Third, TSR, which is the share of total shots one team produces,is a powerful predictor of season win percentage. TSR outperformed the singular measures that comprise it (shots and shots against), and among other box score metrics that precede goals – corners, saves, fouls – it is the most potent predictor of win percentage.The idea is straightforward: Good teams shoot a lot, and they keep their opponents from shooting. Given these results, it may be tempting to increase TSR by encouraging more shooting, or perhaps recruiting players that take every shot opportunity. Shot volume matters, but TSR speaks to more than quantity. Rather, we believe TSR is a reflection of a team’s control of play. Shooting more than opponents generally implies control, and meaningful attacking possession. TSR may then be an indicator of possession.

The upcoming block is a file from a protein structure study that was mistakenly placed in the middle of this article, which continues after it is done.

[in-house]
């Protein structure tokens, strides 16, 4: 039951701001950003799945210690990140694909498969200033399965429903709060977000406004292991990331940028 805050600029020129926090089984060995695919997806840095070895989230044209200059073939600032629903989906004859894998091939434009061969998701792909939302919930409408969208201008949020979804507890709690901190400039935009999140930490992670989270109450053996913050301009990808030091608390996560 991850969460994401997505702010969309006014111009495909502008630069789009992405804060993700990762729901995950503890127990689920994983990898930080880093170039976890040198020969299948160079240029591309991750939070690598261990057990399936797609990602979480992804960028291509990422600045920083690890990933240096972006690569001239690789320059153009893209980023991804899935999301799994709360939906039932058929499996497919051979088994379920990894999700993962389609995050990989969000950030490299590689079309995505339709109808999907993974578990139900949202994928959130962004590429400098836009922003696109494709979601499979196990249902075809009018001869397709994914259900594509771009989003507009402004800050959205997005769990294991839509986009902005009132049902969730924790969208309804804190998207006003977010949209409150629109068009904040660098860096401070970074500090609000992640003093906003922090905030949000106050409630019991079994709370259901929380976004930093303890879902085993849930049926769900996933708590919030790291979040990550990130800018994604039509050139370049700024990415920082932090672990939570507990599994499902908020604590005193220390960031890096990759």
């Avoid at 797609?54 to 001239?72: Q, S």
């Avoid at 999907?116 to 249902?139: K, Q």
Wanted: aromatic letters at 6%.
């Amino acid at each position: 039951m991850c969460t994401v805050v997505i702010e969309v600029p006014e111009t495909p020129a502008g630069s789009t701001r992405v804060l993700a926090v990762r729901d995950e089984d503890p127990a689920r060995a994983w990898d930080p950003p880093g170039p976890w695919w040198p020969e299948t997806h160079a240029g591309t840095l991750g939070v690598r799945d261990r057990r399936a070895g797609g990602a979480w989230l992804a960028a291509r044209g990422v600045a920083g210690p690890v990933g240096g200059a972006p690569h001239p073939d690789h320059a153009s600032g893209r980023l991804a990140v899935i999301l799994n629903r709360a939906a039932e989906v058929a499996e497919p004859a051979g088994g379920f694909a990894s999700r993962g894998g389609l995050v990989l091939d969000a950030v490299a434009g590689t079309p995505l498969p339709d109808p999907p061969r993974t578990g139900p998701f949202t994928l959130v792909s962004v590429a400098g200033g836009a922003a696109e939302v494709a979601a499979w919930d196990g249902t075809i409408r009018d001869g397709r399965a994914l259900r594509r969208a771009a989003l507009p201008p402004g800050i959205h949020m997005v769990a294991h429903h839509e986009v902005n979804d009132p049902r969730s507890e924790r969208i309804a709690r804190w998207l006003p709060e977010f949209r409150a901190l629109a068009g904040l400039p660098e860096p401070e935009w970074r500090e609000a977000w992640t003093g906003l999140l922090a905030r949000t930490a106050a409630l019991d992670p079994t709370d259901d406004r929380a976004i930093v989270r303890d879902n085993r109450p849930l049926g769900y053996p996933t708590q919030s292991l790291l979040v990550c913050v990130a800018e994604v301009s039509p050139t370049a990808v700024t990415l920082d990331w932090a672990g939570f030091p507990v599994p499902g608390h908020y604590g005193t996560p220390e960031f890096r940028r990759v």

We cannot test this assertion directly. Unfortunately NCAA box scores do not include a possession statistic. However, we can examine whether possession is related to TSR at the pro level. For the 2014 MLS season we collected data from WhoScored.com and calculated the correlation between team possession percentage and TSR. A significant positive correlation of .62 was discovered. MLS teams that were excellent possession sides were also able to outshoot their opponents – exemplars were Sporting KC and LA Galaxy. In the Spanish top flight La Liga, the correlation was even higher at .81. Barcelona and Real Madrid maintained both possession and TSR levels higher than 60 percent. Finally, in EPL’s 2013-14 season, the association between possession and TSR was .82. Manchester City ranked first in TSR and possession. This evidence strongly supports our contention that TSR evokes control of play and indeed possession. Though the correlation between TSR and possession is not a perfect one, especially in MLS, in the absence of a possession statistic college coaches may turn to TSR as a useful proxy.